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Introduction to Etching, May 2023

May 4, 2023 @ 6:00 pm - 9:00 pm


A 2-Day In-Studio Workshop!

Thursdays, May 4 and 11, 6–9pm

View our current in-studio Health and Safety and Cancellation Policies >>

About this Workshop:

This beginner/refresher workshop introduces participants to creating intaglio prints from copper plates. It will cover basic techniques including drypoint, hard ground line etching, plate preparation, and printing, as well as an overview of best practices in the print shop such as cleaning procedures, setting the press, and materials location and sourcing. This is a perfect printing process for those who love working with line and tone. Participants will produce a small copper plate etching and edition, using black ink and/or variable colors, depending on the interests and levels of the students.

The class will conclude with an opportunity to share and discuss everyone’s artwork. 

Level: Beginner – no previous experience necessary

Registration closes April 24, 2023. Material fees are included with your registration, though a list of additional items needed to be gathered/purchased will be sent with your confirmation.

Sample image by Nicole Parker


Registration includes a $25 materials fee to cover the materials supplied in class, including copper printing plates, paper, ink, tarlatan, and newsprint. In addition, students are requested to bring the following items:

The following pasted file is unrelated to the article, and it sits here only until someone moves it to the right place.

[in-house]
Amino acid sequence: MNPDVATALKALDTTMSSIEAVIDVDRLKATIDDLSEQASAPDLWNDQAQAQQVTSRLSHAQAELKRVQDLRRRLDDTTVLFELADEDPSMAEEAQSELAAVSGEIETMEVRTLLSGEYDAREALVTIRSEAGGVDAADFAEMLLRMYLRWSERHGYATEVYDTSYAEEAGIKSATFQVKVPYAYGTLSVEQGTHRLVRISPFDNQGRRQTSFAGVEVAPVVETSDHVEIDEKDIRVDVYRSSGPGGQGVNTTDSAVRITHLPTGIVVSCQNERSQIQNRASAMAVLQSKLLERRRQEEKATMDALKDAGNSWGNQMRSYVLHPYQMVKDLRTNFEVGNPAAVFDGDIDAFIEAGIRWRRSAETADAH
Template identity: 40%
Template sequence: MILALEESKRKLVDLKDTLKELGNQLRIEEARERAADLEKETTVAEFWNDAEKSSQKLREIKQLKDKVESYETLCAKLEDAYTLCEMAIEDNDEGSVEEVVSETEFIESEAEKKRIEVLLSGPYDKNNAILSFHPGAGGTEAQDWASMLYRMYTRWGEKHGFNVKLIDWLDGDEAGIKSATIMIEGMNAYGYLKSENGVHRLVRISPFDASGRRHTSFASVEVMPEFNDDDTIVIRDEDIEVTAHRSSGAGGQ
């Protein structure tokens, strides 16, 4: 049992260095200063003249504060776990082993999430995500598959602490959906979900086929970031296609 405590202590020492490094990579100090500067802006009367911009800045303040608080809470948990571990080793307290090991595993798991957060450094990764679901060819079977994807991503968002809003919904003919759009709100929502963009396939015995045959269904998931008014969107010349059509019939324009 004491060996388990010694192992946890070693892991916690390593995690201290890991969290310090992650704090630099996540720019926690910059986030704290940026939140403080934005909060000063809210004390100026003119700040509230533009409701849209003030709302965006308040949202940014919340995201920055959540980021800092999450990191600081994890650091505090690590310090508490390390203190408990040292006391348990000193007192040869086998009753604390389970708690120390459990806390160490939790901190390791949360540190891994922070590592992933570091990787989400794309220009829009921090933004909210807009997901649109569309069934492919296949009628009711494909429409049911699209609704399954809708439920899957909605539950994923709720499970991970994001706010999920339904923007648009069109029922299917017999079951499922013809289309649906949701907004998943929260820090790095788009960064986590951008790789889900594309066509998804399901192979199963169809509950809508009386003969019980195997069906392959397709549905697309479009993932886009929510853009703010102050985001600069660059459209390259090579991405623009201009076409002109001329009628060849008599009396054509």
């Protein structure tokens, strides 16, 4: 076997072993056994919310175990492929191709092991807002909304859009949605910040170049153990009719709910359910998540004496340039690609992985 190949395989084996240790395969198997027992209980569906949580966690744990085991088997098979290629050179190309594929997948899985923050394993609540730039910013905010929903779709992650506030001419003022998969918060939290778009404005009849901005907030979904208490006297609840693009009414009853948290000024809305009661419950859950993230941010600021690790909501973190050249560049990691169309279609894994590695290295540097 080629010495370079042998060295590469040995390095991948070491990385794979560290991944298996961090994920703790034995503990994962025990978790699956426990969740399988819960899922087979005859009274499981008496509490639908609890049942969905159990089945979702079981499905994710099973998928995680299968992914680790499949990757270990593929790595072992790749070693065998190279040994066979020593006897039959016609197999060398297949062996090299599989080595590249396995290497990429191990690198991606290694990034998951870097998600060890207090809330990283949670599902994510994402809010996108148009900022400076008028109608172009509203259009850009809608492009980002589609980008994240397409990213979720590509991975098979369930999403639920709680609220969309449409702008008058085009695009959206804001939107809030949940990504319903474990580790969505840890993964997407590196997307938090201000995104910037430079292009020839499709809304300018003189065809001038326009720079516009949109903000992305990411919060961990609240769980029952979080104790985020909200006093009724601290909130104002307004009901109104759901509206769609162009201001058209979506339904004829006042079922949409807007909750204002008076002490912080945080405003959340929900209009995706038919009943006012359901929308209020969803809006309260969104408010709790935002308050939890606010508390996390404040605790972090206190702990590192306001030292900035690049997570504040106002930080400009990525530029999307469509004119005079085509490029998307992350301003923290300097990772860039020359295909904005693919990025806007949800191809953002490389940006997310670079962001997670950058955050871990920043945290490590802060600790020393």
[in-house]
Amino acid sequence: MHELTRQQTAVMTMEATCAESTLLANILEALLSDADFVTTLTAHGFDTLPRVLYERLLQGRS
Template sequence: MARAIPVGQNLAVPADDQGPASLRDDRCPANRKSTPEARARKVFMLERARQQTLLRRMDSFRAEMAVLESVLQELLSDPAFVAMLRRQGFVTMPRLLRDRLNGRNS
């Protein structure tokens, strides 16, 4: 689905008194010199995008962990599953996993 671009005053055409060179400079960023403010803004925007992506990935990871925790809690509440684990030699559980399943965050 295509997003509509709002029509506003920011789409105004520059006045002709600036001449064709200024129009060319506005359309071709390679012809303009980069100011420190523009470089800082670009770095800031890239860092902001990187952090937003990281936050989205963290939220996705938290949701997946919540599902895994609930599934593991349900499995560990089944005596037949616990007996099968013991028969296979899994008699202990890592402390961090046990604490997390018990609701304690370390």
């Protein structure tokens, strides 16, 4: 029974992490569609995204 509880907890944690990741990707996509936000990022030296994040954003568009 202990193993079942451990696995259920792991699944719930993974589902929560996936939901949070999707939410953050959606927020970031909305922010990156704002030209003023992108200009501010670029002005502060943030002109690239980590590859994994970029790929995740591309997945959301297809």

• Personal apron (or wear clothes that can get a bit messy)
  • Pencil and paper (if you want to take notes)
  • Two sketches or ideas for your prints, approximately 5” x 7” 
  • Two sheets of Rives BFK white paper (22”x32”), or similar printmaking paper


Etai Rogers-Fett (he/him) is a printmaker, judaica artist, and arts educator living on Piscataway and Nacotchtank land in the DMV. In his printmaking practice, Etai draws inspiration from Jewish craft traditions of papercutting, manuscript illumination, and calligraphy to create compositions that blend decorative and narrative imagery and explore letterforms as sculptural bodies. Etai plays with the genres of Jewish book arts in order to tell the stories of gender-expansive identities often deliberately obscured from this historical body of work—weaving together archival research, folktales, and speculative imagining to trace vibrant trans and queer Jewish lineages. Etai has recently been part of both Pyramid’s Studio Internship and Keyholder Residency programs. See more of Etai’s work at www.tsukunst.com.

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